Marie-Hélène Burle
email  twitter @MHBurle  github prosoitos
August 24, 2018

Magrittr less used "piping" treasures

Table of Contents

In the previous workshop section, we used this code:

banding <-
    bird = paste0("bird", 1:50),
    sex = sample(c("F", "M"), 50, replace = T),
    population = sample(LETTERS[1:3], 50, replace = T),
    mass = rnorm(50, 43, 4) %>% round(1),
    tarsus = rnorm(50, 27, 1) %>% round(1),
    wing = rnorm(50, 112, 3) %>% round(0)
  ) %T>% 

And you might have wondered:

Wait: what is this weird looking pipe?

Everybody is now familiar with the main magrittr pipe (%>%) and it comes with most of the tidyverse packages. This is why, even though magrittr is not one of the core packages, you do not have to load it to use the pipe.

But magrittr has several other treasures (to use them, you will have to load the package).


%<>% pipes the left expression to the right, and then back to the left. Instead of an arrow going right (as the main pipe is), think of it as an arrow going from left to right and then back left.

Basically, it replaces the variable to the left, after having been transformed by the expression to the right.

This is extremely convenient, but also dangerous: each time you run such line of code, your variable changes. To rerun the script, you need to first rerun the code that created the initial variable with that name.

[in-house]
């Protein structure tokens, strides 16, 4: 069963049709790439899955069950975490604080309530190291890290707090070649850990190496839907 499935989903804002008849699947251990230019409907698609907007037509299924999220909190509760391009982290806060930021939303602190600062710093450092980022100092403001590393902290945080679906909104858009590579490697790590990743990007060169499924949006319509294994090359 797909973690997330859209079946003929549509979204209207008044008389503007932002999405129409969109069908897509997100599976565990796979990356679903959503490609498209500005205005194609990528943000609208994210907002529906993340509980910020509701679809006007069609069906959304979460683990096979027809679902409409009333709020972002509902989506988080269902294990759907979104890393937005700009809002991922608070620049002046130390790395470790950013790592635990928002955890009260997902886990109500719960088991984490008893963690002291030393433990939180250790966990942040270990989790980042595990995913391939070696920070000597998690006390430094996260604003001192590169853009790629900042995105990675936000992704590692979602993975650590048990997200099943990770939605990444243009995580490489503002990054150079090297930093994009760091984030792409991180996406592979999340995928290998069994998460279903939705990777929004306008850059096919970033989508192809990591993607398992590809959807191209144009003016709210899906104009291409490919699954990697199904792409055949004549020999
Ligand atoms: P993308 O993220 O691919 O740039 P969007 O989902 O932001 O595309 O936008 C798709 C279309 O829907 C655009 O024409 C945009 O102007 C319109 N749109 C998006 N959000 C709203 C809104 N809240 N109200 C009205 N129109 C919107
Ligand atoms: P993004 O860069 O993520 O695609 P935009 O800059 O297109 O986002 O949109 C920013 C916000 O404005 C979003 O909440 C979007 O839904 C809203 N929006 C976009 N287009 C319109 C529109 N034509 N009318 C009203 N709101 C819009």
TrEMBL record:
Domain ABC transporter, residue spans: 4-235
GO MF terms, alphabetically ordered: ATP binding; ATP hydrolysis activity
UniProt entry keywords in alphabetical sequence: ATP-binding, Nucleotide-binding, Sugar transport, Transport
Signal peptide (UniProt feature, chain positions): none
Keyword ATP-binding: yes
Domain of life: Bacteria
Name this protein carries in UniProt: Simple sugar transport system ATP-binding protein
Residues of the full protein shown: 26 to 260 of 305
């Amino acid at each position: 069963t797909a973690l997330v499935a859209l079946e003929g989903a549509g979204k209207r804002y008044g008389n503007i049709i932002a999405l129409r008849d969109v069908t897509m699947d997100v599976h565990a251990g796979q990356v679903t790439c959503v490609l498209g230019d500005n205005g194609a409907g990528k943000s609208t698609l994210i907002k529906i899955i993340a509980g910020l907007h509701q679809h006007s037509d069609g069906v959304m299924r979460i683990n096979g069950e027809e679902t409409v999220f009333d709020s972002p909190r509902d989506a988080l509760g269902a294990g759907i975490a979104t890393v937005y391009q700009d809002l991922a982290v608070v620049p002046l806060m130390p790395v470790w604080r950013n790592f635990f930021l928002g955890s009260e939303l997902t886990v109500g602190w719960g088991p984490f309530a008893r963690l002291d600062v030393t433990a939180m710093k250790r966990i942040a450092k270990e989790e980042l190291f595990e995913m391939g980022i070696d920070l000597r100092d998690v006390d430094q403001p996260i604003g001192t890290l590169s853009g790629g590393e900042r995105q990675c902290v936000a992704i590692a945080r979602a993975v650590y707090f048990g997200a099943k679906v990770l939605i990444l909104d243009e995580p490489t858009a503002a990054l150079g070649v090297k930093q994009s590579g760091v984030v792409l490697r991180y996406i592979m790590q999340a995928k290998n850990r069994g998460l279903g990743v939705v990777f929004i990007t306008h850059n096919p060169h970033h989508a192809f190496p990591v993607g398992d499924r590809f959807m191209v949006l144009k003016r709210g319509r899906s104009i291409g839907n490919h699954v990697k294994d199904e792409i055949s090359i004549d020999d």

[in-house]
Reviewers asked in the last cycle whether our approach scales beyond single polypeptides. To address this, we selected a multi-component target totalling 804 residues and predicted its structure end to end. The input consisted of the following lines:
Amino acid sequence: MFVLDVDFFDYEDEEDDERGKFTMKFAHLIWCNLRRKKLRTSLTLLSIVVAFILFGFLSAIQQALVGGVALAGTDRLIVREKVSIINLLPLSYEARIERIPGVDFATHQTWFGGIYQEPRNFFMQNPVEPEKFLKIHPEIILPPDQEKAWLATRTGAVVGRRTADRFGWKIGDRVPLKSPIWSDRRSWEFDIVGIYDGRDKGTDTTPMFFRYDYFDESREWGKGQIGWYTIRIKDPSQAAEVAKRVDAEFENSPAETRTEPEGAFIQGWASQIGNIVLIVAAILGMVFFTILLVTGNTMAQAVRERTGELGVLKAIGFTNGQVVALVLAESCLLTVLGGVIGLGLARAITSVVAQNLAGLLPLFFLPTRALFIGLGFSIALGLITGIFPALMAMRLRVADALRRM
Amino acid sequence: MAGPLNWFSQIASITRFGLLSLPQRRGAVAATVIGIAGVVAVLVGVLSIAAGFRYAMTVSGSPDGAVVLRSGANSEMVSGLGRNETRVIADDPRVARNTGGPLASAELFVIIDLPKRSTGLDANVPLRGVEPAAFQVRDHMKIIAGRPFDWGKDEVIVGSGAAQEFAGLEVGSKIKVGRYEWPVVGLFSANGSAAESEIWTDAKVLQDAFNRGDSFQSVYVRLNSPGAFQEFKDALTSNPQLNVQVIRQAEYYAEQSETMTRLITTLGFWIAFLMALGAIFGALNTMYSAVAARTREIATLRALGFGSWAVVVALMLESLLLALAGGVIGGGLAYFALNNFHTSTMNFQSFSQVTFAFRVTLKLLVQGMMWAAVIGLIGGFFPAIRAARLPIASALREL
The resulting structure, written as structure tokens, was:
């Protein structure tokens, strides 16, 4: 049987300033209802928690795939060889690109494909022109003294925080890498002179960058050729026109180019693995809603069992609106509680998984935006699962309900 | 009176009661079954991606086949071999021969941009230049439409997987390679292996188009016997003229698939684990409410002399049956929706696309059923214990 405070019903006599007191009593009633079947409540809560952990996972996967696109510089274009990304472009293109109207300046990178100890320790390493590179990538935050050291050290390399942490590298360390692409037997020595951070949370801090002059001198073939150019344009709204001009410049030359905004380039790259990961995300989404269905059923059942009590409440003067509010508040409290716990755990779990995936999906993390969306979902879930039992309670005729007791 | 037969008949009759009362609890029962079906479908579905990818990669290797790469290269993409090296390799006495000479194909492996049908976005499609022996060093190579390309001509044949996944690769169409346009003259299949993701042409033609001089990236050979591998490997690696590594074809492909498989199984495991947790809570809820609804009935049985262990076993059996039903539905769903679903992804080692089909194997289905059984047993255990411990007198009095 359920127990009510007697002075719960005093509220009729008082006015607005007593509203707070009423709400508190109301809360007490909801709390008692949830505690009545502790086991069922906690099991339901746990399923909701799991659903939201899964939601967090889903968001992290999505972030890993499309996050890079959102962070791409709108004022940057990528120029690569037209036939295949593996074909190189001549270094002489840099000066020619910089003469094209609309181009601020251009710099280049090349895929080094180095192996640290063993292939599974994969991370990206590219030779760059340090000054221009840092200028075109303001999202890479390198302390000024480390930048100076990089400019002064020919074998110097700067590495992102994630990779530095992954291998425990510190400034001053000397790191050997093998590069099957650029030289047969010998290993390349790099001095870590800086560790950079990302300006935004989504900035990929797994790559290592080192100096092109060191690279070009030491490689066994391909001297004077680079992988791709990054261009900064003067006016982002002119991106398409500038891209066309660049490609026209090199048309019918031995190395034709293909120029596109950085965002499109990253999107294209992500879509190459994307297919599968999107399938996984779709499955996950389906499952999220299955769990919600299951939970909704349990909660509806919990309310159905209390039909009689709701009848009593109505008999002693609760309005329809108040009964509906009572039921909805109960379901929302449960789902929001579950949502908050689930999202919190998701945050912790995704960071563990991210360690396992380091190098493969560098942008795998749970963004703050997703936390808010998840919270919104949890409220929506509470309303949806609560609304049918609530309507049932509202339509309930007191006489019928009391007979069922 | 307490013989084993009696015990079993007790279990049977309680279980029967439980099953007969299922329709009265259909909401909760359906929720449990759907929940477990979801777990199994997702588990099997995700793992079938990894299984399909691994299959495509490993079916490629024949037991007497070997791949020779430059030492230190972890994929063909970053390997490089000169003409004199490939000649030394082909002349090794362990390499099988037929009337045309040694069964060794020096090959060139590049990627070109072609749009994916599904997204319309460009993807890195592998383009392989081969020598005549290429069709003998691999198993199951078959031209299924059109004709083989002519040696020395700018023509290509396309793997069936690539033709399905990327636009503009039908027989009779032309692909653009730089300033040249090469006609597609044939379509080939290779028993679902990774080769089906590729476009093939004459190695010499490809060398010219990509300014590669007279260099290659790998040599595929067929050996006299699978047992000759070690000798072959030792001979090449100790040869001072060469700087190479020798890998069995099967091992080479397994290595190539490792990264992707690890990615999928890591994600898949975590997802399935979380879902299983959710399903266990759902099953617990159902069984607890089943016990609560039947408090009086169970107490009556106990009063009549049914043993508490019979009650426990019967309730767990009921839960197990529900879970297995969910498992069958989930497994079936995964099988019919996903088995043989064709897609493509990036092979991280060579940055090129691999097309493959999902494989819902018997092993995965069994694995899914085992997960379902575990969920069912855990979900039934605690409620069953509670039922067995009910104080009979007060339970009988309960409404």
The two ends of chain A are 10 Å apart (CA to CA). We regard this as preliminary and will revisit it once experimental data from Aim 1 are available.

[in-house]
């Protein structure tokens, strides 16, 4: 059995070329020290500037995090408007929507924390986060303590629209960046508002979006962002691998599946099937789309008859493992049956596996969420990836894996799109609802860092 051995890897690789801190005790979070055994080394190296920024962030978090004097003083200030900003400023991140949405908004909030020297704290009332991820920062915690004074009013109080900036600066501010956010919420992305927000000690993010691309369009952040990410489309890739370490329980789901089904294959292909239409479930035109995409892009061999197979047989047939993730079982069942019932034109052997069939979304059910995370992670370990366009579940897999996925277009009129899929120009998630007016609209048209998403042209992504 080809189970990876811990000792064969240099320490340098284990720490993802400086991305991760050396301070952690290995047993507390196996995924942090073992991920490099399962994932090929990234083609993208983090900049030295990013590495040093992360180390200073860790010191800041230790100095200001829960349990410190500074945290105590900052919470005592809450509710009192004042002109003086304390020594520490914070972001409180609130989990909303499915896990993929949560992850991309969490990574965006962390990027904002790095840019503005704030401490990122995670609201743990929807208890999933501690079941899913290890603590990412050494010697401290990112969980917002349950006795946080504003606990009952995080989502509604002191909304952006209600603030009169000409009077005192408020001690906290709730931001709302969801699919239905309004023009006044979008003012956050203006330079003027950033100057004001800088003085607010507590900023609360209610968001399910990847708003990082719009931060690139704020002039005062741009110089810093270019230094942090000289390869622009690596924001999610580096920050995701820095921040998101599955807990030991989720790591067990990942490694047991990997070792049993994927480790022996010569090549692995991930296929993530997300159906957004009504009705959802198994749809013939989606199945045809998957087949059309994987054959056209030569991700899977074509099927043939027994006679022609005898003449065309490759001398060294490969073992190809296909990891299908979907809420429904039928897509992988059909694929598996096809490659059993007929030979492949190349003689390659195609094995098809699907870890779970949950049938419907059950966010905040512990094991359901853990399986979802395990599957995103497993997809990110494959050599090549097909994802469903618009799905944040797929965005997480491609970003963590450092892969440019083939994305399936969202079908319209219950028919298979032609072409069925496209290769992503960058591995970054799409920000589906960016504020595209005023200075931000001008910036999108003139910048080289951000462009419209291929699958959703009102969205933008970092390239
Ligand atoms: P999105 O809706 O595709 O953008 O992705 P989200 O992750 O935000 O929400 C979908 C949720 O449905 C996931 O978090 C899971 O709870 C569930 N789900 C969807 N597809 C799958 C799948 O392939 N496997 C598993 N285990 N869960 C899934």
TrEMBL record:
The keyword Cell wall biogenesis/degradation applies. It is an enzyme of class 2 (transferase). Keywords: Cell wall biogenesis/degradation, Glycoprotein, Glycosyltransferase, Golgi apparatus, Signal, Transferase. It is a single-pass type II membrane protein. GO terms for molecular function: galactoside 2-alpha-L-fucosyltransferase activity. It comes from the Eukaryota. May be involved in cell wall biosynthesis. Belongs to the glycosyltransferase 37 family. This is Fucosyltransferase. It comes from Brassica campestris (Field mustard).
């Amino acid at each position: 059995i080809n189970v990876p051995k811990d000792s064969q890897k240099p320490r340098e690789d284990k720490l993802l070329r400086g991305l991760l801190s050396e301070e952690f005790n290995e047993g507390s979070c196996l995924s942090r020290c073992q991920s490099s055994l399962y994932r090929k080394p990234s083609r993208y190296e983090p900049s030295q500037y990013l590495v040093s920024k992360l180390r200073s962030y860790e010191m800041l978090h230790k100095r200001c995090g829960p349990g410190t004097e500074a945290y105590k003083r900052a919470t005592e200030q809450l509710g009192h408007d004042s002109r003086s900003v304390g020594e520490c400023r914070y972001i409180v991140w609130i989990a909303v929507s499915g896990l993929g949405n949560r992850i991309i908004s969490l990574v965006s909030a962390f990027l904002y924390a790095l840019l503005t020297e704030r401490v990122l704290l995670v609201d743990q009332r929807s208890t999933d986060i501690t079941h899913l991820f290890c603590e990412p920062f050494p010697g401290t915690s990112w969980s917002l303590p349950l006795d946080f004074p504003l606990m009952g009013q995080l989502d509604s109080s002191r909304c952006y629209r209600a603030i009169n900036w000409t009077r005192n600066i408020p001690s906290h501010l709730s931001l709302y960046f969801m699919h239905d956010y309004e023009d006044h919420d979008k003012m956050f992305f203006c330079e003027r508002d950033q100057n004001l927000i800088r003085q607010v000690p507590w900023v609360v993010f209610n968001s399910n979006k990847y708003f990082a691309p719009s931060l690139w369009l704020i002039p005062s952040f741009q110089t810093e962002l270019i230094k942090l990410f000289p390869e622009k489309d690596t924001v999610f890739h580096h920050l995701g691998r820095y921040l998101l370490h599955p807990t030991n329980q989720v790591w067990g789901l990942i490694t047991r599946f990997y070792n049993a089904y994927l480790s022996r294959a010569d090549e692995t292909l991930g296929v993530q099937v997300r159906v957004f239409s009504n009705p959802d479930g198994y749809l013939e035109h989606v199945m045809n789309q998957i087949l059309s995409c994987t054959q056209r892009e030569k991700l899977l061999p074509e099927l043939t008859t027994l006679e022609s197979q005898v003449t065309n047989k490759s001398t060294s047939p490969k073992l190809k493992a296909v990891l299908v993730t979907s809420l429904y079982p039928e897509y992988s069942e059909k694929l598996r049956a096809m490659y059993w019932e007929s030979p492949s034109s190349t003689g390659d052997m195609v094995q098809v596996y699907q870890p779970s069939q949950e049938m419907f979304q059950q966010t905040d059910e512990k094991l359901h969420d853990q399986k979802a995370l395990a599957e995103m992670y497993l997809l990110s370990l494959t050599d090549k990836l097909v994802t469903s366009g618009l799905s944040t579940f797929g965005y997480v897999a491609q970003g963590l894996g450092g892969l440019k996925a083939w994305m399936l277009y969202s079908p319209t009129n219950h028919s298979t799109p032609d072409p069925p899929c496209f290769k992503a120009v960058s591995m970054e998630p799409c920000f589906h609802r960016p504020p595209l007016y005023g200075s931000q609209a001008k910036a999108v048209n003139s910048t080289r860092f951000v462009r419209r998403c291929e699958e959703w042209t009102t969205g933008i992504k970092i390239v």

The code:

banding %<>% modify_if(is.factor, as.character)

is equivalent to:

banding <-
  banding %>%
  modify_if(is.factor, as.character)


%T% pipes the effect of the left expression to the right, but does not pipe the object itself (so the object is "free" to be used by another pipe). This is very useful when you want to produce to output from one object or produce a side effect (e.g. printing) without interrupting a pipeline. I like to think of the "T" as a branching which represents the 2 outputs produced by a single object.

Try replacing %T% with the regular pipe %>% in our code at the top of this page.
What happens?
Can you explain it?

magrittr has other pipes and you should explore them at your own time!